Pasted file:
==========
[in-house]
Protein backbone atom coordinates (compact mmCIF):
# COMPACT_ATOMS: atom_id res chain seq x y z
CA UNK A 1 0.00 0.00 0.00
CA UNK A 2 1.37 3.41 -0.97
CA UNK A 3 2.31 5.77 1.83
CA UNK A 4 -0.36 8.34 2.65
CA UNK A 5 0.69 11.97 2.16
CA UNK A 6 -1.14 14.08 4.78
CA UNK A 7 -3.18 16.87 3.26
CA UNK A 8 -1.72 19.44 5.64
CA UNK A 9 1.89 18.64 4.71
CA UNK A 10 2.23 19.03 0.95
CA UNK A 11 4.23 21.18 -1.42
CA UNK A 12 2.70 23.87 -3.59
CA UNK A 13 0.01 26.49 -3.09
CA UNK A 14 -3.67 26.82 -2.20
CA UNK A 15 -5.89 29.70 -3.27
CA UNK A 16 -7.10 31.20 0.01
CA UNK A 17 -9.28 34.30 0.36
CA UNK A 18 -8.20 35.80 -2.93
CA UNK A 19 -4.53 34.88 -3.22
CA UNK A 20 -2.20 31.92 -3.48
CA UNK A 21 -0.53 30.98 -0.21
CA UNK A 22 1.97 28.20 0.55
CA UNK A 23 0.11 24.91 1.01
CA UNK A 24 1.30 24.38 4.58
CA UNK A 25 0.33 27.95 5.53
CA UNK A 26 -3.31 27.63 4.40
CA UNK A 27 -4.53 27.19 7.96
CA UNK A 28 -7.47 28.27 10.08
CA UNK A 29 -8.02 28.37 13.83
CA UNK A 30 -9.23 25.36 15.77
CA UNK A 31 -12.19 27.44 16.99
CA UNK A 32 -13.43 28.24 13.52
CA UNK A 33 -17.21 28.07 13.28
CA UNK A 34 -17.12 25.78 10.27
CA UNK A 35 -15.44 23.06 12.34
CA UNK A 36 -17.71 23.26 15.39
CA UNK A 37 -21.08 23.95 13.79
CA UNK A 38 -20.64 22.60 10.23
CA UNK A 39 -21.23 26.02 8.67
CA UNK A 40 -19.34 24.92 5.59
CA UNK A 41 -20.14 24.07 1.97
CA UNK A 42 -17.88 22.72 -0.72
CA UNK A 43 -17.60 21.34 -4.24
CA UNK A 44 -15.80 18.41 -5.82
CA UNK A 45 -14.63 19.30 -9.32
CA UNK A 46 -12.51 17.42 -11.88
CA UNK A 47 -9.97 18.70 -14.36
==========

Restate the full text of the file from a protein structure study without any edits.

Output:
[in-house]
Protein backbone atom coordinates (compact mmCIF):
# COMPACT_ATOMS: atom_id res chain seq x y z
CA UNK A 1 0.00 0.00 0.00
CA UNK A 2 1.37 3.41 -0.97
CA UNK A 3 2.31 5.77 1.83
CA UNK A 4 -0.36 8.34 2.65
CA UNK A 5 0.69 11.97 2.16
CA UNK A 6 -1.14 14.08 4.78
CA UNK A 7 -3.18 16.87 3.26
CA UNK A 8 -1.72 19.44 5.64
CA UNK A 9 1.89 18.64 4.71
CA UNK A 10 2.23 19.03 0.95
CA UNK A 11 4.23 21.18 -1.42
CA UNK A 12 2.70 23.87 -3.59
CA UNK A 13 0.01 26.49 -3.09
CA UNK A 14 -3.67 26.82 -2.20
CA UNK A 15 -5.89 29.70 -3.27
CA UNK A 16 -7.10 31.20 0.01
CA UNK A 17 -9.28 34.30 0.36
CA UNK A 18 -8.20 35.80 -2.93
CA UNK A 19 -4.53 34.88 -3.22
CA UNK A 20 -2.20 31.92 -3.48
CA UNK A 21 -0.53 30.98 -0.21
CA UNK A 22 1.97 28.20 0.55
CA UNK A 23 0.11 24.91 1.01
CA UNK A 24 1.30 24.38 4.58
CA UNK A 25 0.33 27.95 5.53
CA UNK A 26 -3.31 27.63 4.40
CA UNK A 27 -4.53 27.19 7.96
CA UNK A 28 -7.47 28.27 10.08
CA UNK A 29 -8.02 28.37 13.83
CA UNK A 30 -9.23 25.36 15.77
CA UNK A 31 -12.19 27.44 16.99
CA UNK A 32 -13.43 28.24 13.52
CA UNK A 33 -17.21 28.07 13.28
CA UNK A 34 -17.12 25.78 10.27
CA UNK A 35 -15.44 23.06 12.34
CA UNK A 36 -17.71 23.26 15.39
CA UNK A 37 -21.08 23.95 13.79
CA UNK A 38 -20.64 22.60 10.23
CA UNK A 39 -21.23 26.02 8.67
CA UNK A 40 -19.34 24.92 5.59
CA UNK A 41 -20.14 24.07 1.97
CA UNK A 42 -17.88 22.72 -0.72
CA UNK A 43 -17.60 21.34 -4.24
CA UNK A 44 -15.80 18.41 -5.82
CA UNK A 45 -14.63 19.30 -9.32
CA UNK A 46 -12.51 17.42 -11.88
CA UNK A 47 -9.97 18.70 -14.36